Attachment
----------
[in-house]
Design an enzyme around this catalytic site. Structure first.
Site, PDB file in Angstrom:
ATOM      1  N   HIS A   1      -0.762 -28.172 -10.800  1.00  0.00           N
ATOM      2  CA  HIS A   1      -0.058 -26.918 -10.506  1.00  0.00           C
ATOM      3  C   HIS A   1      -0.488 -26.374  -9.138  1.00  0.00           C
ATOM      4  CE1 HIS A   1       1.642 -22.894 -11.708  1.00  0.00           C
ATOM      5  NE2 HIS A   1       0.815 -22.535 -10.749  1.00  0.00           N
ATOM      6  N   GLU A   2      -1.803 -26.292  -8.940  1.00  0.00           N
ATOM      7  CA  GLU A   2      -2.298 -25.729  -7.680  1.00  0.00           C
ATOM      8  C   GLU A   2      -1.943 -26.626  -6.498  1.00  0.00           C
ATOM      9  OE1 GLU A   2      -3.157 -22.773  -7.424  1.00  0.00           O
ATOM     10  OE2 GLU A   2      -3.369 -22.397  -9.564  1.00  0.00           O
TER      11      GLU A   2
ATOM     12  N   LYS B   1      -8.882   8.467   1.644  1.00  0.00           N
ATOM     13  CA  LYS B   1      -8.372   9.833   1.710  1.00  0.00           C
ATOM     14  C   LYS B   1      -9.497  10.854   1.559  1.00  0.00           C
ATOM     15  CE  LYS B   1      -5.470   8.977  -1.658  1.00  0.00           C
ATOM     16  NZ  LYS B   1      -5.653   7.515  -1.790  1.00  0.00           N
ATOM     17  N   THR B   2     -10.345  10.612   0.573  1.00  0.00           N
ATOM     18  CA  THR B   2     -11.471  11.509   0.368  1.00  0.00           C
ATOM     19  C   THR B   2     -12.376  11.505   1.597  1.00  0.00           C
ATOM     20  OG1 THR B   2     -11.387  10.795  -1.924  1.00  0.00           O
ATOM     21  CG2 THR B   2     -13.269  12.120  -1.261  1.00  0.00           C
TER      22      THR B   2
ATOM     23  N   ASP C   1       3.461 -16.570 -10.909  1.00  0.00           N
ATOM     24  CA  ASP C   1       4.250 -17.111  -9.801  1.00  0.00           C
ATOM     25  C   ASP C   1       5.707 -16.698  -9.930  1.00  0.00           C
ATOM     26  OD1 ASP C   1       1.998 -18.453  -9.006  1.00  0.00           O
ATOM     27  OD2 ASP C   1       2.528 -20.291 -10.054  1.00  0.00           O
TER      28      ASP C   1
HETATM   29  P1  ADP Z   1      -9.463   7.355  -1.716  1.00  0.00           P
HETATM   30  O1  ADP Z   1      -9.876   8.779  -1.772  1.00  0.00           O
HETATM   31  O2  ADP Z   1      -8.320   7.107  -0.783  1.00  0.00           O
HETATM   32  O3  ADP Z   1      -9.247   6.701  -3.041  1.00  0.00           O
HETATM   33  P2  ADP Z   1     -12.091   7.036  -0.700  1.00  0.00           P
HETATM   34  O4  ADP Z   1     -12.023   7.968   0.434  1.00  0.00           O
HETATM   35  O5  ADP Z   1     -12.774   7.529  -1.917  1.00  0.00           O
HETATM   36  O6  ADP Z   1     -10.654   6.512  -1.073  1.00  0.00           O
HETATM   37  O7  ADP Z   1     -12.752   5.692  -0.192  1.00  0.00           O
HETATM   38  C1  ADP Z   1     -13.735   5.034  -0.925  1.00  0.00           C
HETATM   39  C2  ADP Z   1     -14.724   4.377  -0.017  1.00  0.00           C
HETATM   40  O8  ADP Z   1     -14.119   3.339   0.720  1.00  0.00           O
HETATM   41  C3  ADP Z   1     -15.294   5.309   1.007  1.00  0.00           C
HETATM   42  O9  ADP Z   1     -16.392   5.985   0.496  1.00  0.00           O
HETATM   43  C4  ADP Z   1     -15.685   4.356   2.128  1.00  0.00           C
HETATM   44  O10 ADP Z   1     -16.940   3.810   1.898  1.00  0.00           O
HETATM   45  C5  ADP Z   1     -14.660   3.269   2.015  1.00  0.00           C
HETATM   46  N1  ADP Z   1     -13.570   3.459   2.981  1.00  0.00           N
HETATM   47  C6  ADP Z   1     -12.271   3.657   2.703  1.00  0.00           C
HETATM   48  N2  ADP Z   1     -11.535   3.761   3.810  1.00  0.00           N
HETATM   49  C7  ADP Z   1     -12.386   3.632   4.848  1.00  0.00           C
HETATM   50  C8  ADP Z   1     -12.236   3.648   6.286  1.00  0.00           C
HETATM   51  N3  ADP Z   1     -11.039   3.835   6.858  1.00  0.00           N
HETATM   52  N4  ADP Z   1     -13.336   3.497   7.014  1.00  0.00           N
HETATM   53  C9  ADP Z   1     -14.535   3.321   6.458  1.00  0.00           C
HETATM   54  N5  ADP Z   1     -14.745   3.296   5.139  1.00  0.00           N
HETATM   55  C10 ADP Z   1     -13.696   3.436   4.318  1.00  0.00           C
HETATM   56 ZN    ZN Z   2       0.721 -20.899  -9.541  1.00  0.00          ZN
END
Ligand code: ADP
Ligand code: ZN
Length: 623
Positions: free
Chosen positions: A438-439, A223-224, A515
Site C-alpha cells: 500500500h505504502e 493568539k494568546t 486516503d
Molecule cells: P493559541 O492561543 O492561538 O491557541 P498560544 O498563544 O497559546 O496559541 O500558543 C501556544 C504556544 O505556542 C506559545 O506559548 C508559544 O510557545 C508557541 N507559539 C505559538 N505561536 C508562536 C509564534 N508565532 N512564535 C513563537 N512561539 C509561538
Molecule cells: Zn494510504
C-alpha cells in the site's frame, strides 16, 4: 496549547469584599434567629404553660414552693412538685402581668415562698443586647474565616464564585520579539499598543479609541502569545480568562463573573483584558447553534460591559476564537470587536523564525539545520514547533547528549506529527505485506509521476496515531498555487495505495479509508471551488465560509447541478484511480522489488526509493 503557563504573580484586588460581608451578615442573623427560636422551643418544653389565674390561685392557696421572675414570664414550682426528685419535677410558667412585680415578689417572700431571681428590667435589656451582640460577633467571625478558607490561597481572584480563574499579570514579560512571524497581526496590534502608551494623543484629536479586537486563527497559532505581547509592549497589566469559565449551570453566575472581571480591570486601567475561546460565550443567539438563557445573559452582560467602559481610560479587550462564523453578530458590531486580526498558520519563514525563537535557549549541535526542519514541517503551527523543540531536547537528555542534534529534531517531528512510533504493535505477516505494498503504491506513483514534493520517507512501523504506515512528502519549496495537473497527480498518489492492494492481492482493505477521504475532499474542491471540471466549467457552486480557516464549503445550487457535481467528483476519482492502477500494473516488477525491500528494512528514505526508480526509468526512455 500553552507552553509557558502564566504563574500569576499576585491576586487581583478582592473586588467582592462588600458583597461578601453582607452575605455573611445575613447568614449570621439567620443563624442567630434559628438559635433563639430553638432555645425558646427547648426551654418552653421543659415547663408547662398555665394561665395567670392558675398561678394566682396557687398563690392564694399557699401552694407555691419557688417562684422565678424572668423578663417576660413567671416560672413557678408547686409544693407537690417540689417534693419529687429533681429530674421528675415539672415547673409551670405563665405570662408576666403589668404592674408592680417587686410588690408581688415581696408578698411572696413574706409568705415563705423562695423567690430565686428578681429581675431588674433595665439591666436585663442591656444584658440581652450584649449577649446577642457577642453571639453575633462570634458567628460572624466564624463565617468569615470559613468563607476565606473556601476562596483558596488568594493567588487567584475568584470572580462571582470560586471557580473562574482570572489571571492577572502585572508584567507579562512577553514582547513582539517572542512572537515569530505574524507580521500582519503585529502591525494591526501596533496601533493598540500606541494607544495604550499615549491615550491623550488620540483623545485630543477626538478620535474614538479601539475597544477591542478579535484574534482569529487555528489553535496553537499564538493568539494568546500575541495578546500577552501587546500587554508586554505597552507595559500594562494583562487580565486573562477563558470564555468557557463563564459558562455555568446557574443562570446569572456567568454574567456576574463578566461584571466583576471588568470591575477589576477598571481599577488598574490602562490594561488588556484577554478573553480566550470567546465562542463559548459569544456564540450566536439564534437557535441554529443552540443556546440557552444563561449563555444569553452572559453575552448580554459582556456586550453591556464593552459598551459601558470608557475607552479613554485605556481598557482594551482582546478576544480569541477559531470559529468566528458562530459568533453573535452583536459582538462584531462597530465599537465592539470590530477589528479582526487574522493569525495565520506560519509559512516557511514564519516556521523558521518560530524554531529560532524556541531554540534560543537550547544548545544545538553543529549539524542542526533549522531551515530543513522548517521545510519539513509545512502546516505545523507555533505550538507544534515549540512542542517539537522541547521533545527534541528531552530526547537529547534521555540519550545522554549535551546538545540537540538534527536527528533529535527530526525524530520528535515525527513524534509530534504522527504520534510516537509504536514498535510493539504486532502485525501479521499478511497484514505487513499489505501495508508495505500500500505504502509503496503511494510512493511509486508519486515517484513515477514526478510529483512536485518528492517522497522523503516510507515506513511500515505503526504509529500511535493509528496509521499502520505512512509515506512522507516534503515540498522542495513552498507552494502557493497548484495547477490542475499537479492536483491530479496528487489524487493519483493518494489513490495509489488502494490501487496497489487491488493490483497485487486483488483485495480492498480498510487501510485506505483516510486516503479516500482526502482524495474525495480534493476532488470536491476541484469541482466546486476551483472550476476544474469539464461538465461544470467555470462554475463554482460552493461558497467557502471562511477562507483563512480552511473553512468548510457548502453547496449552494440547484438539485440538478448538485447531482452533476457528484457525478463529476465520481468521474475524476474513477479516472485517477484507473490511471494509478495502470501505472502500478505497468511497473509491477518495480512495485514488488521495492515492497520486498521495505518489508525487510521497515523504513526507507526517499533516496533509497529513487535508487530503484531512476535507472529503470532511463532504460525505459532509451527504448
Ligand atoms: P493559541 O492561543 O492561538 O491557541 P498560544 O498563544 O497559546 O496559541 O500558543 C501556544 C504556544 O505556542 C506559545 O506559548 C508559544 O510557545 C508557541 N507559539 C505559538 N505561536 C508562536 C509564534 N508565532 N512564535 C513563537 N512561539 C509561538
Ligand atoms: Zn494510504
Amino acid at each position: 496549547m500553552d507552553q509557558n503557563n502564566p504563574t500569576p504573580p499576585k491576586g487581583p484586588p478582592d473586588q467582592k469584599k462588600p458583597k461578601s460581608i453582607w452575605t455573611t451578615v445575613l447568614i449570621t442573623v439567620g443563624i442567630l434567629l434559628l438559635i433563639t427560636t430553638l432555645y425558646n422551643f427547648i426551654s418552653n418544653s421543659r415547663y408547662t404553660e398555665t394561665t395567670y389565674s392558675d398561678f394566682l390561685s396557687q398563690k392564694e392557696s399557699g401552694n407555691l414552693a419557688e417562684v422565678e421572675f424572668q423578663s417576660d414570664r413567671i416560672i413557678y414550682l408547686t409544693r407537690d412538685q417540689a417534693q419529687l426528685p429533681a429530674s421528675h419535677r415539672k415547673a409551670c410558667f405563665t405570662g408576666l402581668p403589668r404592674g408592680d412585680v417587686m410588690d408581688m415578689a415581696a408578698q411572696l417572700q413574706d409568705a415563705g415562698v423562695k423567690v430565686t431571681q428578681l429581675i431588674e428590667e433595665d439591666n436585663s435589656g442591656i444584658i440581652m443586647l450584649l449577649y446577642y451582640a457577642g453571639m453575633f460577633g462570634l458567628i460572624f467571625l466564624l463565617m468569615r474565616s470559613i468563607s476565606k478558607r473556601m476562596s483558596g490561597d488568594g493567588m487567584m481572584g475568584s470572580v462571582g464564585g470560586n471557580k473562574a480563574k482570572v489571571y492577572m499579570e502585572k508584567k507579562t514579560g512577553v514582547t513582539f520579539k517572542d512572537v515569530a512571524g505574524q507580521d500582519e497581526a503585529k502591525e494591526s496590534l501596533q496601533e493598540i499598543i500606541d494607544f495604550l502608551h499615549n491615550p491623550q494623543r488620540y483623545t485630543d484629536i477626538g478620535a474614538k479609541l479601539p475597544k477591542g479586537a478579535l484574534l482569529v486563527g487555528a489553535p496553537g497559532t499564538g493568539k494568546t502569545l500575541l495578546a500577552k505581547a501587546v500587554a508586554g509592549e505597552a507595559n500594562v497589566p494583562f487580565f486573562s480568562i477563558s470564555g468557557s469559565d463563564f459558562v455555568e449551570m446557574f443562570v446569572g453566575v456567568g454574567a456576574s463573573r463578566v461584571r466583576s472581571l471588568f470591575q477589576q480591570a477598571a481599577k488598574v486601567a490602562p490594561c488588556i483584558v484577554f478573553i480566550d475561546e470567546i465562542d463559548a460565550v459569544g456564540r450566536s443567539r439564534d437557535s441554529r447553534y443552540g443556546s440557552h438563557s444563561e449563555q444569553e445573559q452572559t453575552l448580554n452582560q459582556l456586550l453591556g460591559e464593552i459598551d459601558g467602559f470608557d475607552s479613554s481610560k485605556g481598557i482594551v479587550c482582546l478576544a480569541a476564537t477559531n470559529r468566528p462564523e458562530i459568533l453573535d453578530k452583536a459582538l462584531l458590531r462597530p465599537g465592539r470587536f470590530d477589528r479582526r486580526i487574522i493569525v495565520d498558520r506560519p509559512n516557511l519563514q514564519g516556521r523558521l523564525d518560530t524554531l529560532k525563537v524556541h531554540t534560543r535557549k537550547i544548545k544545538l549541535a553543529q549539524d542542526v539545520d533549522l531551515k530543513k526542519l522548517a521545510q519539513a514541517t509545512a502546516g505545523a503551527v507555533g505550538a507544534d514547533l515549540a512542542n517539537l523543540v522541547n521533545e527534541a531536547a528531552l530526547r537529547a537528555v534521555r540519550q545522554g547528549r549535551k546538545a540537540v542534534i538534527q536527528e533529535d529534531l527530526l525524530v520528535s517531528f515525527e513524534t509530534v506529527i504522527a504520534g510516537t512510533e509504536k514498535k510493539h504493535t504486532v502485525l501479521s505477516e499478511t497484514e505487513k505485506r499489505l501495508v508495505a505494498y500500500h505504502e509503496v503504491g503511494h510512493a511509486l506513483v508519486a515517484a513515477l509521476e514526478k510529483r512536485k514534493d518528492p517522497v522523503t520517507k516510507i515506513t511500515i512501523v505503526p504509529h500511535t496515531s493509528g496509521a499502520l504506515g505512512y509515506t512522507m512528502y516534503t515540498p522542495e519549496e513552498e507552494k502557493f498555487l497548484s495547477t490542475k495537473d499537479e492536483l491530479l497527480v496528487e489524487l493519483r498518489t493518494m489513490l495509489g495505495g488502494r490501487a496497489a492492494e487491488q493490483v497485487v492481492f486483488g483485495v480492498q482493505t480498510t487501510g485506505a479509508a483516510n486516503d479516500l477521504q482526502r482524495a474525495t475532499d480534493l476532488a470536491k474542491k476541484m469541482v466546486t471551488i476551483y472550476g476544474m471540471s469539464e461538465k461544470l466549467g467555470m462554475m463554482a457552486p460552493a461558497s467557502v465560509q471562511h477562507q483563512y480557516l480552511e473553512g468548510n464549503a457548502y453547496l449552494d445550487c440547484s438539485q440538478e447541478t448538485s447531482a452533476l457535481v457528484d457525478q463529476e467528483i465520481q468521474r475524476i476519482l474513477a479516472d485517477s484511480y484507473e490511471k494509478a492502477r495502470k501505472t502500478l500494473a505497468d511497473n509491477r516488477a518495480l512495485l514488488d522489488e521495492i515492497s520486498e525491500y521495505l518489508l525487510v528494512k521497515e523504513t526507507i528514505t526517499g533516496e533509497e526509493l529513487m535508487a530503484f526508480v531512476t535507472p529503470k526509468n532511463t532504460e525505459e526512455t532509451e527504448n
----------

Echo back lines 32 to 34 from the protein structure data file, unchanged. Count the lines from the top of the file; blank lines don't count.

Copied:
HETATM   29  P1  ADP Z   1      -9.463   7.355  -1.716  1.00  0.00           P
HETATM   30  O1  ADP Z   1      -9.876   8.779  -1.772  1.00  0.00           O
HETATM   31  O2  ADP Z   1      -8.320   7.107  -0.783  1.00  0.00           O